Mayor Karl Dean is happy to point out that despite the loud opposition, his convention center proposal still passed with nearly three-quarters of the vote on the Metro Council.
At the news conference last week following the announcement of the Omni Hotel deal, he made sure reporters understood that the Music City Center passed with 29 votes, a startling shot-across-the-bow at his opponents from the normally staid Dean.
Behind the cameras, in the back of the room at that presser, was the man who may have been the toughest convention center opponent: Tower Investments Vice President Alex Marks.
Marks, who started as a vocal supporter of the center, eventually turned into its most litigious opponent. Miffed at what he considered a less-than-fair offer from the Metro Development and Housing Authority for land he owned that was considered key for the project, Marks challenged the condemnation, offered up his own plans to develop the site and served as an overall thorn in the side of the Dean administration.
Marks, a savvy real estate investor who mostly keeps his own counsel, eventually lost his battle with Metro over what was once the large parking lot behind the Bridgestone Arena, but the sparks didn’t stop with the judge’s decision.
In addition to the key convention center property, Marks also owns another parking lot, just south of the Country Music Hall of Fame, long identified as the best site for the Music City Center’s headquarters hotel. But while Metro hemmed and hawed about the utility of a hotel, Marks struck again. In December, he announced plans to develop the site, pairing with Barry Real Estate, the company behind the Pinnacle at Symphony Place.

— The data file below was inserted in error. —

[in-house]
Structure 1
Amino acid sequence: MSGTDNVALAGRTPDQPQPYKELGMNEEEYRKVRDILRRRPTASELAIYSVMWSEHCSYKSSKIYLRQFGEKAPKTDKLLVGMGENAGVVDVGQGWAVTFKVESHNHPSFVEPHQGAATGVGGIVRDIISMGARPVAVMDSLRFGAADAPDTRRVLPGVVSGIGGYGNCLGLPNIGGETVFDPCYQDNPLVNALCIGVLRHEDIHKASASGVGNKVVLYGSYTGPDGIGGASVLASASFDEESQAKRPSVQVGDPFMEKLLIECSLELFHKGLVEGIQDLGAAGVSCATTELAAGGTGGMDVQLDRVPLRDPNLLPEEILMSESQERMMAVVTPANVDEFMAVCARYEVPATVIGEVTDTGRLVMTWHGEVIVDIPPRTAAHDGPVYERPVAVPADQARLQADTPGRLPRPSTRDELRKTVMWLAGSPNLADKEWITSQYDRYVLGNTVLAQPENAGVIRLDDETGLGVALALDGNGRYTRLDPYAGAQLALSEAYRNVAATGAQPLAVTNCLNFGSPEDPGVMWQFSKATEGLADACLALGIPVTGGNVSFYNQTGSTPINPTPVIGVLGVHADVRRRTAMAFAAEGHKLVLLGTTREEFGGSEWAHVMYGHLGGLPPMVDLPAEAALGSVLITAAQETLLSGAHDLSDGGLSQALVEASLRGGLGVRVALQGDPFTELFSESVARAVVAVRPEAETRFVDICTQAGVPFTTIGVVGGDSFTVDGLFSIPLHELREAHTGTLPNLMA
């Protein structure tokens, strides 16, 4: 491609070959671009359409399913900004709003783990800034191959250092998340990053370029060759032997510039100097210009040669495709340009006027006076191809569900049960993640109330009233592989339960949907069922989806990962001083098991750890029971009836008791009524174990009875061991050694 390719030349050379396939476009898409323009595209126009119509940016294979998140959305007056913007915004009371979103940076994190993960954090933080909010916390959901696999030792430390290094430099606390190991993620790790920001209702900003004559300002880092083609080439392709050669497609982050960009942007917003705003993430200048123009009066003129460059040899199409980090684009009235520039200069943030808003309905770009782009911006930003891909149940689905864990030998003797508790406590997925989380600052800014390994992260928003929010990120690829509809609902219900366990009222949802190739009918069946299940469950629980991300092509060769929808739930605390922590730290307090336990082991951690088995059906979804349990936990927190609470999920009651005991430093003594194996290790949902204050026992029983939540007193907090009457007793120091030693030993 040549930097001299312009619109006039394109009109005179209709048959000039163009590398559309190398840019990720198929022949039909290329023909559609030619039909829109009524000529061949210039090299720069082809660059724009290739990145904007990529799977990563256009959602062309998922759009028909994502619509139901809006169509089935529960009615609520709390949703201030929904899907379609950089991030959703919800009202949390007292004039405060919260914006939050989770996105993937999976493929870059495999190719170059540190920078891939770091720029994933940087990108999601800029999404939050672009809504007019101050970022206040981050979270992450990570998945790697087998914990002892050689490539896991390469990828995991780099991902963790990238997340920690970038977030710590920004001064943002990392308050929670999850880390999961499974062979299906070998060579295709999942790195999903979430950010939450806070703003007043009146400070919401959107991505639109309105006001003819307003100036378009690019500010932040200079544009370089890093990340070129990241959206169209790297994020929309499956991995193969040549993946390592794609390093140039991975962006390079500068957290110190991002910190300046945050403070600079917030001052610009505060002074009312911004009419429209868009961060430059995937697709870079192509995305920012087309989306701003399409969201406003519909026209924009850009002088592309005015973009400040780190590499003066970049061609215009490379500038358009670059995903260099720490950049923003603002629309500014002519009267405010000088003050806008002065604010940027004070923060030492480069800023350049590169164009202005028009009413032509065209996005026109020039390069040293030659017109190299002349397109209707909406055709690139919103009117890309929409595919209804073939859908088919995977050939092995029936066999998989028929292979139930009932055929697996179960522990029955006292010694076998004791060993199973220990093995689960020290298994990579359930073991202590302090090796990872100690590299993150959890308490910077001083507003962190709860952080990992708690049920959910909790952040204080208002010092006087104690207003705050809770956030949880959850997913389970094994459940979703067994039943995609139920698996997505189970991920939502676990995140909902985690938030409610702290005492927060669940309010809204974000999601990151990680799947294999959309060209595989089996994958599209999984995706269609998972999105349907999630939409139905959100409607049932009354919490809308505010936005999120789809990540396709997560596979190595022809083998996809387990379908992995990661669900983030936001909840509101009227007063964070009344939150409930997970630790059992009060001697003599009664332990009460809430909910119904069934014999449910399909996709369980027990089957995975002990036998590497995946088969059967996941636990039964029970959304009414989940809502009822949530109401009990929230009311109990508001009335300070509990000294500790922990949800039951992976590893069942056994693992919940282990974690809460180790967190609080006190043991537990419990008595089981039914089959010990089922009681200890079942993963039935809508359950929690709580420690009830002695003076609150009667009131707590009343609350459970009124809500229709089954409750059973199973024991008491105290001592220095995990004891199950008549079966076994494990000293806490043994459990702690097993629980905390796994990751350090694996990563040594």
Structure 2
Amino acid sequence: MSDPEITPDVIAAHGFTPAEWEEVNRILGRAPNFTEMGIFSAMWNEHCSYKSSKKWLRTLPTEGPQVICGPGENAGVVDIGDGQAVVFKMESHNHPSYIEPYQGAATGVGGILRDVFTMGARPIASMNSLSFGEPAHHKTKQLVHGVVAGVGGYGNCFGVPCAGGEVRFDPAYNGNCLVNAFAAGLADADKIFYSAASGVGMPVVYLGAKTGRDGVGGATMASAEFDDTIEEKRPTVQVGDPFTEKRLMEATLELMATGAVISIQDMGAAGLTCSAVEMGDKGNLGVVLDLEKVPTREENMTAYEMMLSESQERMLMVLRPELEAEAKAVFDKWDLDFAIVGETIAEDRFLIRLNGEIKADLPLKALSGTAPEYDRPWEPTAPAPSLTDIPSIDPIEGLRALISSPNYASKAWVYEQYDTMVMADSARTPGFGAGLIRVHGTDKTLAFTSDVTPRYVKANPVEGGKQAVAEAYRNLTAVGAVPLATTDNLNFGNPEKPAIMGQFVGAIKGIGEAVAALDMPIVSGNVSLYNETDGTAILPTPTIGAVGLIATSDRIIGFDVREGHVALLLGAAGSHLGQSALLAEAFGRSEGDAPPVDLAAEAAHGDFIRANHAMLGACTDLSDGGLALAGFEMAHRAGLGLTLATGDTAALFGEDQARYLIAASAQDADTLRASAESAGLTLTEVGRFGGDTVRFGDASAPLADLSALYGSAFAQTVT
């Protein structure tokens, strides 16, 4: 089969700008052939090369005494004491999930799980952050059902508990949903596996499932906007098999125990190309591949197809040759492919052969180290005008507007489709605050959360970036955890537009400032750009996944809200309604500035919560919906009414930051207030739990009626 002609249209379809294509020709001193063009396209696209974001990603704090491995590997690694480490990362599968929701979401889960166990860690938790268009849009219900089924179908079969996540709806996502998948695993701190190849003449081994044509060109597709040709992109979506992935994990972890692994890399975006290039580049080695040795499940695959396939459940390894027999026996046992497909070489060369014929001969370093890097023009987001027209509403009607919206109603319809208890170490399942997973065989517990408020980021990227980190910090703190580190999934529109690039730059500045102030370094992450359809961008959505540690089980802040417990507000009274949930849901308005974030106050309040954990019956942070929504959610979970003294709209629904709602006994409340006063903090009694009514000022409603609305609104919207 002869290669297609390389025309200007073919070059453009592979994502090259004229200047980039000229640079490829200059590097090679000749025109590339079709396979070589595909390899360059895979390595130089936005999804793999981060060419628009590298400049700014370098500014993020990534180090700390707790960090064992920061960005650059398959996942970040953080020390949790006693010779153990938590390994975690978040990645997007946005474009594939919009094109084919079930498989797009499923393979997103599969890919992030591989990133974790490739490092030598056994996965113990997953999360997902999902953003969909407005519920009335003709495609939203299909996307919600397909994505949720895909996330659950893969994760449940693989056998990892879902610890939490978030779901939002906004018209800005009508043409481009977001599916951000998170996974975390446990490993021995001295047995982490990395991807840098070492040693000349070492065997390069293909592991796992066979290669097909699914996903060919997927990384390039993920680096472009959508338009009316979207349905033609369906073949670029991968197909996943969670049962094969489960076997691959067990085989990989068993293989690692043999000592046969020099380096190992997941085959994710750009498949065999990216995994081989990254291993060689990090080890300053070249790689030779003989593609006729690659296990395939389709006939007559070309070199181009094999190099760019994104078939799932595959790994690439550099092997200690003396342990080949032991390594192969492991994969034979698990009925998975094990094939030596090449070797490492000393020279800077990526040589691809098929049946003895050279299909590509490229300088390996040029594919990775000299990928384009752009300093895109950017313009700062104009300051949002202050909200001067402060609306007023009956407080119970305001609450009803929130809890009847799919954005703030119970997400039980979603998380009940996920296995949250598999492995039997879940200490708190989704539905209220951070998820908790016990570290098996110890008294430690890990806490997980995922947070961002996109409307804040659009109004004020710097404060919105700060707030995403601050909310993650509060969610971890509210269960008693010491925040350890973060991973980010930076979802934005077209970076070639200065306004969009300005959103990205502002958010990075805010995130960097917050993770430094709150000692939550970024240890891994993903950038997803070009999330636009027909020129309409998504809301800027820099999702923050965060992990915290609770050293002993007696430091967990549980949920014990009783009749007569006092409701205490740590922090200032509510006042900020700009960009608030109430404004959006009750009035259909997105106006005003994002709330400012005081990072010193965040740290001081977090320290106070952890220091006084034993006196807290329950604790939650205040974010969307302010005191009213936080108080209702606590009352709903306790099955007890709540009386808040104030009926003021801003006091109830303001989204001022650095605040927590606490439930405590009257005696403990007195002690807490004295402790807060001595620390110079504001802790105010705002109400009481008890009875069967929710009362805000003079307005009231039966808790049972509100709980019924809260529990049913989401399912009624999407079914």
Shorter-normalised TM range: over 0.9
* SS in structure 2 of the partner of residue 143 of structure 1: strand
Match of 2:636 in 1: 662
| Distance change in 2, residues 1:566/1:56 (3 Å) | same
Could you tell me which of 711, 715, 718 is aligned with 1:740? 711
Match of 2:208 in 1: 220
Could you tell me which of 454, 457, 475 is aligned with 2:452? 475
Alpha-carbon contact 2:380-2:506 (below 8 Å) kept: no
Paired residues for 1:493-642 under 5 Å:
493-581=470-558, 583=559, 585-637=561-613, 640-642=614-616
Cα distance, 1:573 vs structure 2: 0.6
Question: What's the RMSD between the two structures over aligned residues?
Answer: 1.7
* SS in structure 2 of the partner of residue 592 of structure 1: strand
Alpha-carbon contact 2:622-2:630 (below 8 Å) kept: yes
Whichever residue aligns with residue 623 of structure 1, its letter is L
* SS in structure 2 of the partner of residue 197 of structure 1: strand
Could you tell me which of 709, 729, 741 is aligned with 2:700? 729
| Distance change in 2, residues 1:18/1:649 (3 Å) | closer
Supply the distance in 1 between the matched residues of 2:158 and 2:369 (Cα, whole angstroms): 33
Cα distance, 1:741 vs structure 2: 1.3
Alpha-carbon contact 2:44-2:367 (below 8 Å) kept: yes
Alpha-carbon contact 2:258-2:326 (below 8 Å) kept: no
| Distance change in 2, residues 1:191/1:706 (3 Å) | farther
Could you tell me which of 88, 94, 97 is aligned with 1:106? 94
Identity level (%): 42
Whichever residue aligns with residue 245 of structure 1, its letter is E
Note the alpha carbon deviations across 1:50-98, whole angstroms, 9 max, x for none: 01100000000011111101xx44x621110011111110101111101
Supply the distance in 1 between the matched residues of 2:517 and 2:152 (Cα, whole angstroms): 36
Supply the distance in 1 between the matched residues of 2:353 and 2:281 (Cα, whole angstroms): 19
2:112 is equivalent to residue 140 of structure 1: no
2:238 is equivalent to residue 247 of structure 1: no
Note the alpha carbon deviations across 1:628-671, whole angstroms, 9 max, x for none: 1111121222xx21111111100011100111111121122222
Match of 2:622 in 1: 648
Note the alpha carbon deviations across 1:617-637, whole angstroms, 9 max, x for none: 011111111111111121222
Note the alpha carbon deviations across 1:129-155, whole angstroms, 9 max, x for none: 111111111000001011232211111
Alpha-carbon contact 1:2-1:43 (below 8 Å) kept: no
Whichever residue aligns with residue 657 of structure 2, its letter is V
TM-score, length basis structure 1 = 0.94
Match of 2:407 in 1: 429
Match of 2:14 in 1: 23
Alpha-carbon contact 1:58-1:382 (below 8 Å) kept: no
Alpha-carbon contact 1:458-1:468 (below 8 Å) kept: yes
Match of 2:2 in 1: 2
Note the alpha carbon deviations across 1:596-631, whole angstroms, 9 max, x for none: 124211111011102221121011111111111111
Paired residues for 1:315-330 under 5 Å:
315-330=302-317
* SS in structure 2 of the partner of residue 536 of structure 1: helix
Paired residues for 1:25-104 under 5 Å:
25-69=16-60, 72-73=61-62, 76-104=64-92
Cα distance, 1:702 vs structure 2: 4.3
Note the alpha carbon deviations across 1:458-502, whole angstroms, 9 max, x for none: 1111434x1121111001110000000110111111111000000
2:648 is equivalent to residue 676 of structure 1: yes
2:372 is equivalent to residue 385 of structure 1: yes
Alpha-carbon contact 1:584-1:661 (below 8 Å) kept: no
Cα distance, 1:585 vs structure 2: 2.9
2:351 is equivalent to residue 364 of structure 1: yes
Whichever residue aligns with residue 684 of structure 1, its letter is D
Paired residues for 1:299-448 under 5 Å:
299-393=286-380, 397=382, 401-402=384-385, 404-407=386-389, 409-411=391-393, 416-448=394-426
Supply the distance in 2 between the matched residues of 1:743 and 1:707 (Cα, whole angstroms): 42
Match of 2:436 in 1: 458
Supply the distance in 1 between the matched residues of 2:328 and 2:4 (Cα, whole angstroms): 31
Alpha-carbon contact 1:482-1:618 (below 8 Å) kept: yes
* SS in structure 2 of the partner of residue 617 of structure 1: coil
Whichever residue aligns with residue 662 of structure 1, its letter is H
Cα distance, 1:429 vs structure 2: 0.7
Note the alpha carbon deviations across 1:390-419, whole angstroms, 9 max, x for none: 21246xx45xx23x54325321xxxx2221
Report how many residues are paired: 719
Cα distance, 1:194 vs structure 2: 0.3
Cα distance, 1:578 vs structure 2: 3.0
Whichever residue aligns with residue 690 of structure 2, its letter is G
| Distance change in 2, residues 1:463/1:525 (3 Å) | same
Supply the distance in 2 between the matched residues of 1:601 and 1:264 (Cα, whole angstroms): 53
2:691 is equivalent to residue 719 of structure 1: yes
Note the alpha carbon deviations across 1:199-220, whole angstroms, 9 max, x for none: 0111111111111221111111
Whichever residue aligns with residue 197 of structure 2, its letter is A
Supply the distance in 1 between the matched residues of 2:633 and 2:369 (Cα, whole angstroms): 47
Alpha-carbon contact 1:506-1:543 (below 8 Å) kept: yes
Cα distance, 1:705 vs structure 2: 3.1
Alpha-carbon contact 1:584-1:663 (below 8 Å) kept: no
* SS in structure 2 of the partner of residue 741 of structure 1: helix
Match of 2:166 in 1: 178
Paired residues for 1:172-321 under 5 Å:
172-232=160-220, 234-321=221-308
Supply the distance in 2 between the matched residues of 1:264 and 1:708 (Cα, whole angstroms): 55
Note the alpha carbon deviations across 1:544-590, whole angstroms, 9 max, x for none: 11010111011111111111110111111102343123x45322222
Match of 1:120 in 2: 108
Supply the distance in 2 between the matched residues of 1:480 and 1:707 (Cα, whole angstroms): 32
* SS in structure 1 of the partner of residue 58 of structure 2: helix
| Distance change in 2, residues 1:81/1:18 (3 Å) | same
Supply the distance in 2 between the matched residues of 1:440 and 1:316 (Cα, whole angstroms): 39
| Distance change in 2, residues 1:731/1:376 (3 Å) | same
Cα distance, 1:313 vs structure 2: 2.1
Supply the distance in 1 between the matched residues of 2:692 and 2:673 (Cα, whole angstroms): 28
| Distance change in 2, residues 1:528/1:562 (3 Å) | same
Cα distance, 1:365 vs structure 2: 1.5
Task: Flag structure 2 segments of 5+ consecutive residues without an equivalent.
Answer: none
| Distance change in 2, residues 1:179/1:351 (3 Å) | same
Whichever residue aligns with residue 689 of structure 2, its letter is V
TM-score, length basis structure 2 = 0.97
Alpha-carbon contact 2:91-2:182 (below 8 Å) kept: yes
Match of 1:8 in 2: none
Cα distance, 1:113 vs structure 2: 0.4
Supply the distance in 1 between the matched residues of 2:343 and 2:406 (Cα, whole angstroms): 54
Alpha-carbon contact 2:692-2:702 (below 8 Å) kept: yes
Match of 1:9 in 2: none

“We have been working with Barry
for over two years on a SoBro mixed-use development,” Marks said at the time “We have no agreement with the city for any development on this site. We purchased this property to develop it, and we can’t wait in limbo while
opportunities pass us by.”
Maybe that was the shot in the arm — or the kick in the pants — Metro needed.
All was quiet on the front for several months. Marks’ deal with Barry was largely forgotten as Metro bought land and started construction.
In early July, rumors swirled that a deal for a headquarters hotel was imminent, but it was like a game of high-stakes real estate Clue: Would it be Alex, with Omni, behind the Hall of Fame? Could it be Tony Giarrantana, up the block, with Marriott?
Metro dodged — emphasizing no deal was done. Marks, ever-savvy, confirmed he had an agreement with Omni. Sources said the deal could total as much as $20 million. That’s quite a profit — all the pieces of the hotel puzzle cost Tower around $15 million four years ago.
But Marks may end up with an even higher profit — part of Omni’s incentive package includes tax increment financing for up to $25 million.
It would be the real estate shock of the year if Tower and Omni inked a deal for much less than that.
All of this goes to show that nothing is personal with Marks, the quiet man with all the money and all the land.